The furore surrounding the proposed sale by the Hershey Trust of its controlling stake in the Hershey Foods confectionery group is unlikely to be seen again in the future following the Trust's agreement not to sell its shares without first obtaining court approval.
The Trust originally asked Hershey Foods to seek a potential buyer for its shares earlier this year on the grounds that it needed to diversify its interests - 58 per cent of its assets are in Hershey stock- but the possibility of a foreign owner - both Nestle and Cadbury were mentioned - and the likelihood of job cuts and plant closures had the local community up in arms.
Pennsylvania's Attorney General, Mike Fisher, won an injunction which effectively prevented the Trust from selling its stake until a thorough investigation of the likely fall out from the sale had been completed, but faced with an ever-growing opposition, the Trust finally decided to withdraw its shares from sale, despite an apparent bid from compatriot confectioner Wrigley which would have guaranteed jobs.
Now the trust has agreed, in writing, that any future attempt to sell the 77 per cent stake in Hershey Foods will only be made after first gaining approval from the courts, a move which effectively blocks the sale of the company. The Trust's board agreed to the restrictions in a letter sent earlier this week to Fisher's office.
"The board, by its decision, has demonstrated that it has no intention to sell the school trust's controlling interest in Hershey Foods," the letter reads. "To further eliminate any uncertainty in this regard, the board commits to your office that the board will not agree to any sale of the school trust's controlling interest in Hershey Foods without the approval of the Dauphin County Orphans Court, following advance notice to the Office of Attorney General." Fisher had asked the court to force the board to seek approval for the sale.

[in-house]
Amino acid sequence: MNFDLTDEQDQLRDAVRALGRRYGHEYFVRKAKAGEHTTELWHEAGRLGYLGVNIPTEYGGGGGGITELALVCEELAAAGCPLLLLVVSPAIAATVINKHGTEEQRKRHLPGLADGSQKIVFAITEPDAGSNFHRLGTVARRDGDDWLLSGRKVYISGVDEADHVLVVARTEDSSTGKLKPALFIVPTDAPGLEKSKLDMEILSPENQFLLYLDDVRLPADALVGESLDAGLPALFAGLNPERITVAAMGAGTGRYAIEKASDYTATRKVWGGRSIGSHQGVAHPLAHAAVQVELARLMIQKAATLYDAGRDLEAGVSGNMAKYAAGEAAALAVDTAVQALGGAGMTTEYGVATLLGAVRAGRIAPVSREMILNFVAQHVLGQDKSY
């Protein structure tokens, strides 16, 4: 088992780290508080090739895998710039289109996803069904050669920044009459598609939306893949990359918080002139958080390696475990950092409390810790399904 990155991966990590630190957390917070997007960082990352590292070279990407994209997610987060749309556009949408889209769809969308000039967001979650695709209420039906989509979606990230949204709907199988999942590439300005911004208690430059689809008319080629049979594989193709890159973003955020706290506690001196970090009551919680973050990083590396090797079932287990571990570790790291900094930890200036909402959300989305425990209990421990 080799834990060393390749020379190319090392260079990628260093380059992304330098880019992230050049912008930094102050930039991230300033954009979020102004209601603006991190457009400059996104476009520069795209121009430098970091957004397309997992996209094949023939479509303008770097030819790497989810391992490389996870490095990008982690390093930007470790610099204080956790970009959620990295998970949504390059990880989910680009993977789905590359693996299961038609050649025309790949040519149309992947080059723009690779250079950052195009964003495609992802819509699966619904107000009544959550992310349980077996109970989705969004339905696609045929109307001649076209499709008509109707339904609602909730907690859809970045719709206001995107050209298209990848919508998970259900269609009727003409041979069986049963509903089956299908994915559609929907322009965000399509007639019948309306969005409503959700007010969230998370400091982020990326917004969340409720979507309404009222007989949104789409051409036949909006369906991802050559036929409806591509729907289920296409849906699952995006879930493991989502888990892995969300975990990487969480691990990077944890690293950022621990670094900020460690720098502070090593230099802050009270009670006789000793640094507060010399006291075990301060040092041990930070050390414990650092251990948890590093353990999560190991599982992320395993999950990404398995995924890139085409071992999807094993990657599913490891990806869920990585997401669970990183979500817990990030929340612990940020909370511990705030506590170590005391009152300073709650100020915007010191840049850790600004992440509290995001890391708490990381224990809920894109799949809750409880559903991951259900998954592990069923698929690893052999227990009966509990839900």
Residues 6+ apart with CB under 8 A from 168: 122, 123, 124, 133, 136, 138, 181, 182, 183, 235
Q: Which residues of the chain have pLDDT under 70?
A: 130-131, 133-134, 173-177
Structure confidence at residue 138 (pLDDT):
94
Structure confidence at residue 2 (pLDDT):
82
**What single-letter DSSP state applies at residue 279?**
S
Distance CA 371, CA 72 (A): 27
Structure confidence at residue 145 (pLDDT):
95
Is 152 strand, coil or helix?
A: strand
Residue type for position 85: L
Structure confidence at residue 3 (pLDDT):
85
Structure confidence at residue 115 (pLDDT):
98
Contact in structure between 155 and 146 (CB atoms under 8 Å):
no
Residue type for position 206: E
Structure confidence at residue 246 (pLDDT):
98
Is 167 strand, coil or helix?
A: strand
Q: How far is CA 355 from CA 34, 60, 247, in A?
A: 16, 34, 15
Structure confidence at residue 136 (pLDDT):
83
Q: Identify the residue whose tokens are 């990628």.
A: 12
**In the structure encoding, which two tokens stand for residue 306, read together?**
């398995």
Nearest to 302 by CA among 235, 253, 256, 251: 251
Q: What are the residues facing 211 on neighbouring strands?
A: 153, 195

Sceptics have suggested that the letter is a bid by the board to avoid having to face legal proceedings for their actions in attempting to sell the shares. The Attorney General has regulatory authority over charitable trusts, and there have been repeated calls for Fisher to sack the board for failing to act in the best interests of the Trust.
The need to diversify its investments still remains a priority for the Hershey Trust, and it is now expected to look at alternative options, although the Trust has given no indication as to what these might be.